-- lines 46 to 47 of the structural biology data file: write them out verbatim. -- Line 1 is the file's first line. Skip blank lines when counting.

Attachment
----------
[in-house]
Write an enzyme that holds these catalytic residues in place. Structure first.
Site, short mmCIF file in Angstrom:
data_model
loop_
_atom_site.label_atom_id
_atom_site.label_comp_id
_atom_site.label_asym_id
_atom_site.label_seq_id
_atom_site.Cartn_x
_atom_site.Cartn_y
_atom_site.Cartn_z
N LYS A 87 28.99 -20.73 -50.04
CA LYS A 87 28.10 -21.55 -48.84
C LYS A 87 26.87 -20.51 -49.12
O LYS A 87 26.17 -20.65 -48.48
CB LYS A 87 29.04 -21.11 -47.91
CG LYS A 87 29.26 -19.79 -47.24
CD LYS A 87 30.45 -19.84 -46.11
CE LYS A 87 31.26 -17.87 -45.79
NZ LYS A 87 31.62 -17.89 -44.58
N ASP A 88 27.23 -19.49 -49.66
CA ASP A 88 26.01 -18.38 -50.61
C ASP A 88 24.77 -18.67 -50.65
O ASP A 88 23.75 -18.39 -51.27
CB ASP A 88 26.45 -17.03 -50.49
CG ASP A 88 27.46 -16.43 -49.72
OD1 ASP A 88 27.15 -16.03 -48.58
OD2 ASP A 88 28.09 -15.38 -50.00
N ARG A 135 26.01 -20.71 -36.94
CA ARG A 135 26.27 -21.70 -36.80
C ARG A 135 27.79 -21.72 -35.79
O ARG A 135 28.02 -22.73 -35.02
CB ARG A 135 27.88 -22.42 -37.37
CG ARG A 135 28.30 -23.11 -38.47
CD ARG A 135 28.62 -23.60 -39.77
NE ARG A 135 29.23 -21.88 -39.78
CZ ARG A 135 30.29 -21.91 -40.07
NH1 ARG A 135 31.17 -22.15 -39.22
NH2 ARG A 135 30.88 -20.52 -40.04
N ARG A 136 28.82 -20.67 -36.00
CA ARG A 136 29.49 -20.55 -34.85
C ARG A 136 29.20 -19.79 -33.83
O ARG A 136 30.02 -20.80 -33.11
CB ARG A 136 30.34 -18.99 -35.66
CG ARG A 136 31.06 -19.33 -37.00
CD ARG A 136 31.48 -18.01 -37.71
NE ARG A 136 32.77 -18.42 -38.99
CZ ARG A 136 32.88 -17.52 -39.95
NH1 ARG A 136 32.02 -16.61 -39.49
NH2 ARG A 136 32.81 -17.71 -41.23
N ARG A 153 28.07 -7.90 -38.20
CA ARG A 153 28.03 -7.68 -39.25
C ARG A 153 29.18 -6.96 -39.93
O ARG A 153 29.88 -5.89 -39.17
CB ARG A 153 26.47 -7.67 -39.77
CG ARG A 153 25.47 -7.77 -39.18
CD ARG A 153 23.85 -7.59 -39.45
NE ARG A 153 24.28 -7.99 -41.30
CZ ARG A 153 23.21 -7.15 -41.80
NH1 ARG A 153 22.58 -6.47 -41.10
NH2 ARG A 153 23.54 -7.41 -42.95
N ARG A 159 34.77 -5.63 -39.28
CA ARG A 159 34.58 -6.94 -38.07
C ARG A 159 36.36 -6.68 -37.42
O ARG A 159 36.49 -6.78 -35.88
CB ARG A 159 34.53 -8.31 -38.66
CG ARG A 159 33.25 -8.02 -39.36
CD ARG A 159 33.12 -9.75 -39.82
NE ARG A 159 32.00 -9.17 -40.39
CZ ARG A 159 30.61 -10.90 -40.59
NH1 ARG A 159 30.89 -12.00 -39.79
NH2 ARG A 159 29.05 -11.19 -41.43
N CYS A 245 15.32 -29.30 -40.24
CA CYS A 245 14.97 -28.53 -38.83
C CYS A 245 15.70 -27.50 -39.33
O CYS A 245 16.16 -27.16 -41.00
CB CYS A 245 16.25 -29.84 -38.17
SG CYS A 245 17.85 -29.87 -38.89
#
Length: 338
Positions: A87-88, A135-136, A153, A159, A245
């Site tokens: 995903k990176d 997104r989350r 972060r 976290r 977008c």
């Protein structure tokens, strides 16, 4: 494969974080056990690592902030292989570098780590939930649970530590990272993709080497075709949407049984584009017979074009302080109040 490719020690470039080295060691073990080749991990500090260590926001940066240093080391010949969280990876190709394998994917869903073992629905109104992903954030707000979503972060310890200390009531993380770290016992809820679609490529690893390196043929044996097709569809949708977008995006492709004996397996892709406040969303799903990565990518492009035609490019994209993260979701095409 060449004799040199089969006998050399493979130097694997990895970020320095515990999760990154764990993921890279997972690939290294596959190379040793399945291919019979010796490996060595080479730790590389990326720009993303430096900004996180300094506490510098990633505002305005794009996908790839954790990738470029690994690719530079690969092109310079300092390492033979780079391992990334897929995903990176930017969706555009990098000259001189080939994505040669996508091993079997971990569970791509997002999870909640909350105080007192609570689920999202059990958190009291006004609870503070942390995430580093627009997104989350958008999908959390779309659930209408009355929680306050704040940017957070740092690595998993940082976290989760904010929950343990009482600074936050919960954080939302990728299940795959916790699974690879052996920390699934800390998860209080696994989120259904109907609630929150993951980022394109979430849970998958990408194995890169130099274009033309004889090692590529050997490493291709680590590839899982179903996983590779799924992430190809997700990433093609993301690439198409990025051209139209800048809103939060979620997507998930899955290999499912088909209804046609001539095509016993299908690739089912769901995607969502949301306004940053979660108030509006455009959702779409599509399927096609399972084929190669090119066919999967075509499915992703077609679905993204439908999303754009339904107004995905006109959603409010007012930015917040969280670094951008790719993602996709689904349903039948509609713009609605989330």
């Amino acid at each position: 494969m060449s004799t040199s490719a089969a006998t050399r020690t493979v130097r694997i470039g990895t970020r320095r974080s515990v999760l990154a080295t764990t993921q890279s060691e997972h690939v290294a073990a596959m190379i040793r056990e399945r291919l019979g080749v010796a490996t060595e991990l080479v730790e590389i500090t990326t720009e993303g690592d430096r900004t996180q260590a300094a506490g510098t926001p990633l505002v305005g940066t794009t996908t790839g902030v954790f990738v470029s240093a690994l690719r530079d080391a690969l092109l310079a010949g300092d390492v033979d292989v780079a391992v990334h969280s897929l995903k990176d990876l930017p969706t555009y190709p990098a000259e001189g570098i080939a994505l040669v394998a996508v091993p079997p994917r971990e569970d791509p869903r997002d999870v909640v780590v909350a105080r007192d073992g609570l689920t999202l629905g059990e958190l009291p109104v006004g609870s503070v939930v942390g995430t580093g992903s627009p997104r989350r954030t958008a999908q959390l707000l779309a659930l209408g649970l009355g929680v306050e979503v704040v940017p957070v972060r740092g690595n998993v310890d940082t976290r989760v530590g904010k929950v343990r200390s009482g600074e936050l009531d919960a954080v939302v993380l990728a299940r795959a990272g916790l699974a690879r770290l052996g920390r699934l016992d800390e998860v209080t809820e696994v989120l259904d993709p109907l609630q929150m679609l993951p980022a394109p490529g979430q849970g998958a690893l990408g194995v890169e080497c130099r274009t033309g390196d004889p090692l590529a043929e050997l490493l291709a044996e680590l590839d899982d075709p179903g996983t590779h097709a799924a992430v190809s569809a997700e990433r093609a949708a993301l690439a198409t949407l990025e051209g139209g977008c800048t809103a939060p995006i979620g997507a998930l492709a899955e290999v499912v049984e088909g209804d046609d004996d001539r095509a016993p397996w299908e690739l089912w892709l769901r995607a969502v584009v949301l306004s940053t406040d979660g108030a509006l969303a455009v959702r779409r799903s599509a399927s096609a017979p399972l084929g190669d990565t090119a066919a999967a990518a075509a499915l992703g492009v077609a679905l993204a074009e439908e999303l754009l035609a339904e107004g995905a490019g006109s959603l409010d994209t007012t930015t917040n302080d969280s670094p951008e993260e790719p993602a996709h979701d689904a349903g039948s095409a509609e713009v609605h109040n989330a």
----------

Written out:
CG ARG A 136 31.06 -19.33 -37.00
CD ARG A 136 31.48 -18.01 -37.71